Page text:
Banana Workers Blame Chemical for Sterility

NEW ORLEANS (CN) – More than 170 banana farmers from Ecuador, Panama and Costa Rica filed five federal lawsuits this week, saying exposure to a toxic pesticide on the farms where they worked between 1960 and 1985 made them sick and sterile put them at imminent risk of cancer.

     The 173 plaintiffs claim that despite a scientist’s 1958 observation that among the lab rats that died from exposure to the chemical, “‘gross lesions were especially prominent in the lungs, kidneys, and testes,'” fruit growers outside of the United States continued to use enormous amounts of the pesticide until at least 1985 and probably into the 1990s.
     The chemical was developed by Dow Chemical Co. in conjunction with Shell and contained the chemical dipromochloropropane, commonly known as DBCP. It was sold under the trade names Fumazone, Nemagon and Oxy 12.
     Banana farm workers injected DBCP into the soil to protect against microscopic worms called nematodes that live in cultivated soil.
     Workers affected by the chemical suffer varying degrees of sterility, the complaint states. They say the chemical is also connected with cancer, miscarriages, corneal damage, chronic skin disorders and renal system failure.
     In tests conducted on rats in the late 1950s, scientists noted that DBCP caused retarded growth, organ damage, shrunken testes and sterility.
     “In an April 1958 ‘confidential report,’ Dr. Hine at Shell wrote that ‘among the rats that died, the gross lesions were especially prominent in the lungs, kidneys, and testes. Testes were usually extremely atrophied,'” according to the complaint.
     Test results were reported initially, but later on, so as not to hinder the chemical’s widespread use, the results were omitted from various chemical-rating agencies, the plaintiffs say.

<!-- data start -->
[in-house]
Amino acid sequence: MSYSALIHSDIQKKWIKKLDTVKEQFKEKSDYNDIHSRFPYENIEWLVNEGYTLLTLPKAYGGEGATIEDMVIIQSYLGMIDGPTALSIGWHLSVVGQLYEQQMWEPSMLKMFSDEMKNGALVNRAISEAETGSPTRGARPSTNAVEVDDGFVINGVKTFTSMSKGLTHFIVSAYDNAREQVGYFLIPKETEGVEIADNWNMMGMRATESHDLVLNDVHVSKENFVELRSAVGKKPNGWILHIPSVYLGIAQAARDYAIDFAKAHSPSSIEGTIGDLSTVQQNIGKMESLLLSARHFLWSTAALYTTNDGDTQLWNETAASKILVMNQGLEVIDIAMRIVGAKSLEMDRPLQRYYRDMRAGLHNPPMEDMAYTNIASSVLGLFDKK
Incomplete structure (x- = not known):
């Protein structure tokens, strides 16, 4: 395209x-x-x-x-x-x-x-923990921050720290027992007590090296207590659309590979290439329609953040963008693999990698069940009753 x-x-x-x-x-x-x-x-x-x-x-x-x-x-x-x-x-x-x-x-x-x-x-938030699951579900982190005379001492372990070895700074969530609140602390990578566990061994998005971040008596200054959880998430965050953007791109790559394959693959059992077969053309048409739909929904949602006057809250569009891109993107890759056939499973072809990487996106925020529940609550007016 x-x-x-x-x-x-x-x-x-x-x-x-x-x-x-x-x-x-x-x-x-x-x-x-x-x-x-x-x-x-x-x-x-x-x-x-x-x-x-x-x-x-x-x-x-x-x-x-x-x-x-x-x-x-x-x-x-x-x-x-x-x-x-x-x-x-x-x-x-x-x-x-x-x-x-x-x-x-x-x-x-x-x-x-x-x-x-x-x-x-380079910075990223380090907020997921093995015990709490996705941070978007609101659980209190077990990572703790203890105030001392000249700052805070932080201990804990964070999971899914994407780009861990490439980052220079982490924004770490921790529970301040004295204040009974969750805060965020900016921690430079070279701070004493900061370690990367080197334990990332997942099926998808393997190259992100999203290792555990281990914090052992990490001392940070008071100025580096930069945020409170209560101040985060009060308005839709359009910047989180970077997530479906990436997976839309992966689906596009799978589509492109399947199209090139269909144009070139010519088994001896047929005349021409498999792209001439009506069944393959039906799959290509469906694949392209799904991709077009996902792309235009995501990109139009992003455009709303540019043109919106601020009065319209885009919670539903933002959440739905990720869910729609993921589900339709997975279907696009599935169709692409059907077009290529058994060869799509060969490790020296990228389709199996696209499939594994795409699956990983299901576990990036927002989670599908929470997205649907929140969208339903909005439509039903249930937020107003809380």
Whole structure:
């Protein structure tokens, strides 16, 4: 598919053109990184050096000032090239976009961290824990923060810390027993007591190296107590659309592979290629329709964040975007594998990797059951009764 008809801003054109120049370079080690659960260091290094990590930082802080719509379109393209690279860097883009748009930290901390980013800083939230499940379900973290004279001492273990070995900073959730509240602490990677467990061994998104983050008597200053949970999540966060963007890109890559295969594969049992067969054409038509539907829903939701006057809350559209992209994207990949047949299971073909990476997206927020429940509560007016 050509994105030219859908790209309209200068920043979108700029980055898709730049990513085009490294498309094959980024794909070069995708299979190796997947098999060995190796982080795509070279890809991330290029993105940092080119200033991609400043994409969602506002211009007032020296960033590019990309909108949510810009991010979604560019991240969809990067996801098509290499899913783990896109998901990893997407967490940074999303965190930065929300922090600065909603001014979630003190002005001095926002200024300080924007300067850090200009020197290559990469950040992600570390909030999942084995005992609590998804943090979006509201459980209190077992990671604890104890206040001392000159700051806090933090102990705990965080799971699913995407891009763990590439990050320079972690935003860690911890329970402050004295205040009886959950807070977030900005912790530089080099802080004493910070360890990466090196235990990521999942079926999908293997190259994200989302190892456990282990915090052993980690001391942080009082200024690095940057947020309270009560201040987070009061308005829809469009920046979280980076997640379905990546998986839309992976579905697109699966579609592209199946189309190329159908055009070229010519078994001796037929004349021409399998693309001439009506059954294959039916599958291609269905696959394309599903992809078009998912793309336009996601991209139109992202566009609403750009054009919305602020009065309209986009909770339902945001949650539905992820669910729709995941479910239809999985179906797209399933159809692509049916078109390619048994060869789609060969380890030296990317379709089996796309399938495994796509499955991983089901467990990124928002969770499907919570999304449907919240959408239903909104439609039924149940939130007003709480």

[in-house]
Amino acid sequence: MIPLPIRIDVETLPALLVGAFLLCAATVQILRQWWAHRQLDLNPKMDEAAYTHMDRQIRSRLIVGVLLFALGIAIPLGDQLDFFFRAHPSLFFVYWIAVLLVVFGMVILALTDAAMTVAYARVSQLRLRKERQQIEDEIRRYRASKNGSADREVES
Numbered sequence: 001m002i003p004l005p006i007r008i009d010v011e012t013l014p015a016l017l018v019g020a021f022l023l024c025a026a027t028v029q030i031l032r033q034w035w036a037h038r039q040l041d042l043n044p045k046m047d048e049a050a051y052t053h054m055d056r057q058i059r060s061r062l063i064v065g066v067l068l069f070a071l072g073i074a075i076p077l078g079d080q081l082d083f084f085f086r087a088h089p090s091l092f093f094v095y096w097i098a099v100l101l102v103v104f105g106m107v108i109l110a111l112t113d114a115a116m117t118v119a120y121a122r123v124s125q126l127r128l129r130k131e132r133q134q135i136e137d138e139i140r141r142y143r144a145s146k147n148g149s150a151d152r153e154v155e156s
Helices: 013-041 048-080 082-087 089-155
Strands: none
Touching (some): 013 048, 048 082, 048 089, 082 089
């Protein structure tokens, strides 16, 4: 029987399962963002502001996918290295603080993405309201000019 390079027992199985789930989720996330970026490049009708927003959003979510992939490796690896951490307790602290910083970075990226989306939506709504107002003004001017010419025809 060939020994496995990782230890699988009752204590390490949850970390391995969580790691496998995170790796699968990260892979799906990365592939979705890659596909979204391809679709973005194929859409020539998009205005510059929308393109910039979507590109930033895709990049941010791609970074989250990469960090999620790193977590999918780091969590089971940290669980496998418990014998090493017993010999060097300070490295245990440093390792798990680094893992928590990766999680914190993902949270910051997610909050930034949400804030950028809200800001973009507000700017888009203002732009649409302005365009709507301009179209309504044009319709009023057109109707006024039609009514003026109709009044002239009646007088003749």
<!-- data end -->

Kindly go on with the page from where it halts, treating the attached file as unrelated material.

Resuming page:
As just one example, the complaint says a United States Department of Agriculture scientist in charge of government registration of chemicals for Shell, Louis Lykken, dismissed his colleague’s suggestions for labeling that warned of possible sterility in humans exposed to DBCP.
     According to the complaint, “Lykken made Shell’s interests clear: ‘Leave out speculation about possible harmful conditions to man. This is not a treatise on safe use.'”
     The complaint was filed in New Orleans, where Standard Fruit Co., now called Dole, was headquartered, and where DBCP was first marketed in the United States.
     “By 1976, DBCP had been identified as a suspected carcinogen by the EPA, even though Dow, Shell, Del Monte and Dole learned of the chemical’s health risks at least 15 years earlier,” the complaint states. “In July 1977, thirty-five of one hundred fourteen workers who manufactured DBCP at Occidental’s Lathrop, California plant were found to be sterile. One month later, the EPA suspended DBCP from all but a few highly controlled uses in Hawaii. Even in Hawaii, use was permitted only under heavily restricted conditions with extensive protective equipment. Finally, in 1979, the EPA canceled the registration for DBCP for all uses in the United States. Unfortunately, the large-scale use of DBCP on agricultural operations in the United States had already led to extensive groundwater contamination in Hawaii, California, and elsewhere and large stocks on hand.
     “The U.S. ban on manufacturing of DBCP, however, did not prevent the defendants from exporting existing stocks of DBCP for use on plantations overseas. When Dow informed Standard that it planned to halt sales and wait for EPA test results, Standard responded by threatening to sue Dow: ‘Your halt of shipping our outstanding orders is viewed as a breach of contract.’ Dow quickly relented after Standard agreed to indemnify Dow against claims for injuries resulting from DBCP use, compelling evidence that Dow expected such injuries to occur.”
     The plaintiffs seek compensatory and punitive damages for their illnesses, and medical monitoring.
     Named as defendants are Dole Food Company, Standard Fruit Company, The Dow Chemical Company, Occidental Chemical Company, AMVAC Chemical Corporation, Shell Oil Company, Chiquita Brands International Inc., Maritrop Trading Corporation and Del Monte Fresh Produce NA Inc.
     The plaintiffs in this case are represented by Scott LaBarre of Metairie.

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